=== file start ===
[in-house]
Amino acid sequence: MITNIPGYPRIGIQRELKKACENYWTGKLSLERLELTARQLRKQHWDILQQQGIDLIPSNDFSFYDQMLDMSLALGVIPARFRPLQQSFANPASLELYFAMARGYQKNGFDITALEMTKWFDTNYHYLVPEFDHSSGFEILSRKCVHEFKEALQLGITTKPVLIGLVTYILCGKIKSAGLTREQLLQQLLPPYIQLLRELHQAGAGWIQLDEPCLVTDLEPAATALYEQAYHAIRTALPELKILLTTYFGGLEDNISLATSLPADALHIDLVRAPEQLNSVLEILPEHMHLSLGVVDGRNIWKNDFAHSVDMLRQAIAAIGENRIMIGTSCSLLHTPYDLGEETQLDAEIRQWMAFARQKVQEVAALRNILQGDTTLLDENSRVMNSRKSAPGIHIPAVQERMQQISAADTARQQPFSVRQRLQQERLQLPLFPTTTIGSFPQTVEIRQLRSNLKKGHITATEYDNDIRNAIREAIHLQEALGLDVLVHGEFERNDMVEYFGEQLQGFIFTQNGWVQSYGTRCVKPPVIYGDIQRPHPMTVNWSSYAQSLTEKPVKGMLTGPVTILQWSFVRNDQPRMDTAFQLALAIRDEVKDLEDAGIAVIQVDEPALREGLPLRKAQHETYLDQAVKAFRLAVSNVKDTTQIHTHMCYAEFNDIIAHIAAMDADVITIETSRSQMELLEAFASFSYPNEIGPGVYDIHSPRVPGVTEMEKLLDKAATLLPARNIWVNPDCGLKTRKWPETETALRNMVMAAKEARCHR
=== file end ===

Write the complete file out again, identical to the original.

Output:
[in-house]
Amino acid sequence: MITNIPGYPRIGIQRELKKACENYWTGKLSLERLELTARQLRKQHWDILQQQGIDLIPSNDFSFYDQMLDMSLALGVIPARFRPLQQSFANPASLELYFAMARGYQKNGFDITALEMTKWFDTNYHYLVPEFDHSSGFEILSRKCVHEFKEALQLGITTKPVLIGLVTYILCGKIKSAGLTREQLLQQLLPPYIQLLRELHQAGAGWIQLDEPCLVTDLEPAATALYEQAYHAIRTALPELKILLTTYFGGLEDNISLATSLPADALHIDLVRAPEQLNSVLEILPEHMHLSLGVVDGRNIWKNDFAHSVDMLRQAIAAIGENRIMIGTSCSLLHTPYDLGEETQLDAEIRQWMAFARQKVQEVAALRNILQGDTTLLDENSRVMNSRKSAPGIHIPAVQERMQQISAADTARQQPFSVRQRLQQERLQLPLFPTTTIGSFPQTVEIRQLRSNLKKGHITATEYDNDIRNAIREAIHLQEALGLDVLVHGEFERNDMVEYFGEQLQGFIFTQNGWVQSYGTRCVKPPVIYGDIQRPHPMTVNWSSYAQSLTEKPVKGMLTGPVTILQWSFVRNDQPRMDTAFQLALAIRDEVKDLEDAGIAVIQVDEPALREGLPLRKAQHETYLDQAVKAFRLAVSNVKDTTQIHTHMCYAEFNDIIAHIAAMDADVITIETSRSQMELLEAFASFSYPNEIGPGVYDIHSPRVPGVTEMEKLLDKAATLLPARNIWVNPDCGLKTRKWPETETALRNMVMAAKEARCHR